Magnetic resonance image of the brain was done, which showed subacute infarct in the right lentiform nucleus in the right middle cerebral artery. Magnetic resonance image angiography brain was normal. To elucidate the origin of an ischemic stroke at a young age, further examination was done for coagulation profile and immune markers with increased cardiovascular risk. Protein C–67IU/dL, protein S–72U/dL, lupus anticoagulant–absent, antinuclear antibodies–negative, DSDNA–negative, and anti-phospholipid IgG antibodies–1.5 U/mL. Basal homocysteine level was increased–18.63 µmol/L (ref.: 4.44–13.56).
A treatment with citicoline, folic acid, aspirin, and vitamin B12 was started. Gradually, episodes of hemiplegia subsided and the child was normal in a month.
Homocysteine level was repeated after 5 months, which was–6.06 µmol/L, in the normal range. Child didn't have any repeat episode of hemiplegia and was advised close follow-up in the future.
Homocysteine is a sulfurous amino acid that is formed as an intermediary product during the conversion of the essential amino acid methionine to cysteine. Normal homocysteine levels vary between 5 and 15 µmol/L. Hyperhomocysteinemia is classified into three classes depending on the plasma levels: 16 to 30 µmol/L, 31 to 100 µmol/L, and >100 µmol/L, which corresponds respectively to a light, mild, and serious form of hyperhomocysteinemia.3 There are various causes that can lead to hyperhomocysteinemia: Hereditary abnormalities that lead to disturbances of enzymes related to the homo-cysteine metabolism, vitamin deficiencies, and different other factors, such as, lifestyle factors, chronic renal insufficiency, hypothyroidism, pernicious anemia, systemic lupus erythematosus (SLE), end stage diabetes, cancers, and medication.3,4 In 1969, it was suggested for the first time that there was a connection between increased homo-cysteine levels and atherosclerotic diseases. This hypothesis was backed by different successive observational studies.3,5 Hyperhomocysteinemia is an independent risk factor for atherosclerosis of the coronary, cerebral, and peripheral blood vessels.3,6 The precise pathophysiological mechanism through which hyperhomocysteinemia enhances atherosclerosis and thrombosis is not yet fully known. It is known however that homocysteine causes endothelial cell injury and thereby initiates the process of premature atherosclerosis. Hyperhomocysteinemia is generally acknowledged as a risk factor for atherothrombosis diseases, but a causal relation between both has not yet been conclusively established.3,5,7 Because a causal relation between hyperhomocysteinemia and stroke is unclear, the question remains what's the place of diagnostics within the clinical practice. Moreover, there is insufficient evidence that reducing hyperhomocysteinemia also contributes to a lowering of the risk of stroke.8 Despite these findings, it is still advised to determine homocysteine levels for patients with an ischemic stroke because the therapy is safe and cheap.9 Furthermore, it is useful to determine homocysteine levels for patients with an ischemic stroke with no clue of vascular disease and thrombosis, an ischemic stroke at a young age, and a family history of premature atherosclerosis.3 At this moment, the American Heart and Stroke Association advises to treat patients with a stroke and hyperhomocysteinemia (>10 µmol/L) daily with 0.4 mg folic acid, 2.4 µg vitamin B12, and 1.7 mg vitamin B6 because of the low cost and safety of the therapy.9 The normalization of the plasma homocysteine concentrations happens within 2 to 6 weeks after the start of the therapy.10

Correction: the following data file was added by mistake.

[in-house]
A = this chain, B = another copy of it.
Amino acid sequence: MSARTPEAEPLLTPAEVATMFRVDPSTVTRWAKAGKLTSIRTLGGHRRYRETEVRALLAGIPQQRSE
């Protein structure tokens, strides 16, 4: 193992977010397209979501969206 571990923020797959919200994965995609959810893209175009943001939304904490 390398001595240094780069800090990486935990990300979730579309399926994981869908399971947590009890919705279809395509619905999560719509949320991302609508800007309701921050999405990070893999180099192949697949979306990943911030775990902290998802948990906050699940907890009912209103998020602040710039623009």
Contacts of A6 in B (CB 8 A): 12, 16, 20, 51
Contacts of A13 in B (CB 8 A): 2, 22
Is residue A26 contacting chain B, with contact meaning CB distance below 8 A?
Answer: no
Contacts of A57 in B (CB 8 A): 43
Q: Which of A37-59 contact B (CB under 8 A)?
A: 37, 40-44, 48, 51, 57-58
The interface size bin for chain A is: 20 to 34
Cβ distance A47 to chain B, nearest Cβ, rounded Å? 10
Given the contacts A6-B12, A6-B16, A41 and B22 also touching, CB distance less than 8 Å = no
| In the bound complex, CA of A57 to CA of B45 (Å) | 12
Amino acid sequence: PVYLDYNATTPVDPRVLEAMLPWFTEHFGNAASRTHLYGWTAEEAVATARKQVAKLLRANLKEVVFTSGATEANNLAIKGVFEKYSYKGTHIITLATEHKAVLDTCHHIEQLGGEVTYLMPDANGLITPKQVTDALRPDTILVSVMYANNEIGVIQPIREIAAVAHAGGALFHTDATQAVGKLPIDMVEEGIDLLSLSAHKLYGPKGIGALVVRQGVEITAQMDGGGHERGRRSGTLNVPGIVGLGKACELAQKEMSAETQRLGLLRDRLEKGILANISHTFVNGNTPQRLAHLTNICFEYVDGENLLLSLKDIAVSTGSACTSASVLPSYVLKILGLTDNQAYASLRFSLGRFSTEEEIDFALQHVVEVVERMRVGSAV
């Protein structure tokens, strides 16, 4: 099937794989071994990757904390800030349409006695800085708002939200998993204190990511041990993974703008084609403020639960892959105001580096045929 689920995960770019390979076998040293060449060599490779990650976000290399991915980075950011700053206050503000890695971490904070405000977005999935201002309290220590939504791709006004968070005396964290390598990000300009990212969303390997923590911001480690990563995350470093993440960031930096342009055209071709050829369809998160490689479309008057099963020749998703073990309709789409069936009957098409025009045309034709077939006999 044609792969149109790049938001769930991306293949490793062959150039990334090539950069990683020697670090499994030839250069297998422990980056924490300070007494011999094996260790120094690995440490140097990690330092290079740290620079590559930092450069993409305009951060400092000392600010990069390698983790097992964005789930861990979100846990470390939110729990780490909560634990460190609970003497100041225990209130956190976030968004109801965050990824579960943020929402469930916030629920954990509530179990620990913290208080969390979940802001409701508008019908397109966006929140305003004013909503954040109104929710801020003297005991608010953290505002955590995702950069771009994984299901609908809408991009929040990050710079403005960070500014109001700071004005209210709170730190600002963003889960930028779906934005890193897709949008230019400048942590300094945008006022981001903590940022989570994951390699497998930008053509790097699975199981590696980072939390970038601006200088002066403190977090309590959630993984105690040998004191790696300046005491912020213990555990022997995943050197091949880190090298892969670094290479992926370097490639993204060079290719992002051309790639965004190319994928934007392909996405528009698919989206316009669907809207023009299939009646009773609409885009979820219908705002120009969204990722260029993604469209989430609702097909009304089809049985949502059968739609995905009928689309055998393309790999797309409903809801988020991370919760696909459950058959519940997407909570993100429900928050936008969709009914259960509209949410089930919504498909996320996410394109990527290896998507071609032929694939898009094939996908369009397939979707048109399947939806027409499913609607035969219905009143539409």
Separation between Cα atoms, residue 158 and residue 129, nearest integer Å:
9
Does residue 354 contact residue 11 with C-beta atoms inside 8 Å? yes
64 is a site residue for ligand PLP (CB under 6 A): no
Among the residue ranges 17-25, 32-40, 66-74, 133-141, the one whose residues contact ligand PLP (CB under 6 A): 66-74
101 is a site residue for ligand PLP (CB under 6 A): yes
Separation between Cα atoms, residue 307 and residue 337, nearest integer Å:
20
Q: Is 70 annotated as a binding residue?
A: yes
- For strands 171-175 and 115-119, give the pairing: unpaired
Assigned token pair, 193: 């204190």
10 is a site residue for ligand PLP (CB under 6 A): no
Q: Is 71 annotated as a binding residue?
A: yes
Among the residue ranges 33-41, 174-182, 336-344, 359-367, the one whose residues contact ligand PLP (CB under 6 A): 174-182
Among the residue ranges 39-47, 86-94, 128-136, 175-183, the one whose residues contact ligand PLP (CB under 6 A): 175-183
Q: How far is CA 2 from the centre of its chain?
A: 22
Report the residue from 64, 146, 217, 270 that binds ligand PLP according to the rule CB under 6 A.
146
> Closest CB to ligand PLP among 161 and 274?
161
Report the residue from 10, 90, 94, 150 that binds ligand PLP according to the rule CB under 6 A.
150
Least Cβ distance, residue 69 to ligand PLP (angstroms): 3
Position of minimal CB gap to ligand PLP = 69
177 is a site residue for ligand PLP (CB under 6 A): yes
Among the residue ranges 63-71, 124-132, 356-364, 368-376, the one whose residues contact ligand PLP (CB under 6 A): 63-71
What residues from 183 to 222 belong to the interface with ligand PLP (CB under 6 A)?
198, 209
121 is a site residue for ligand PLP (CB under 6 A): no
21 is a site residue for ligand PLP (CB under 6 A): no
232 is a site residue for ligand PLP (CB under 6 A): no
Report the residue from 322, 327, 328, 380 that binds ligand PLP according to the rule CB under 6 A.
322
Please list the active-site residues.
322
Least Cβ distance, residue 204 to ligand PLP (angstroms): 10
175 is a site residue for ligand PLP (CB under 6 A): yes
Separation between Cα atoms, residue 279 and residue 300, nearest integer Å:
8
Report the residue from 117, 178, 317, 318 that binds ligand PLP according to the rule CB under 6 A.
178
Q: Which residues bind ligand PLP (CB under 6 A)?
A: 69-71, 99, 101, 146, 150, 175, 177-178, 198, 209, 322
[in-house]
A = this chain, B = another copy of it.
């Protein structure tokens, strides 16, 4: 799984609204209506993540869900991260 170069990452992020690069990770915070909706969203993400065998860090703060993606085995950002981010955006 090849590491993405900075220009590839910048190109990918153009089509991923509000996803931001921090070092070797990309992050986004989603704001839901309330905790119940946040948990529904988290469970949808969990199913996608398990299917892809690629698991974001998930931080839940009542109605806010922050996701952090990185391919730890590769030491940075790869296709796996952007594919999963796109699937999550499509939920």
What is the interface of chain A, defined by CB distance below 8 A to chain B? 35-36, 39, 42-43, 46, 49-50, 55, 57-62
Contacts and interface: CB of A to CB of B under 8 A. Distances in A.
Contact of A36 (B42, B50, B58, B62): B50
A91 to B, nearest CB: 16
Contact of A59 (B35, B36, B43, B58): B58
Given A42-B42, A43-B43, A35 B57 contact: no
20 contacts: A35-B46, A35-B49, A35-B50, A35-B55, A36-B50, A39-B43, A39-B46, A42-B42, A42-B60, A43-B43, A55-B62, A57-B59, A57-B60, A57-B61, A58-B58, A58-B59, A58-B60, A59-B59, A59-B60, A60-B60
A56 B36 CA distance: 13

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- Guidelines for prevention of stroke in patients with ischemic stroke or transient ischemic attack: a statement for health care professionals from the American Heart Association/American Stroke Association Council on stroke: Co-sponsored by the Council on Cardiovascular Radiology and Intervention: the American Academy of Neurology affirms the value of this guideline. Stroke. 2006;37(2):577-617.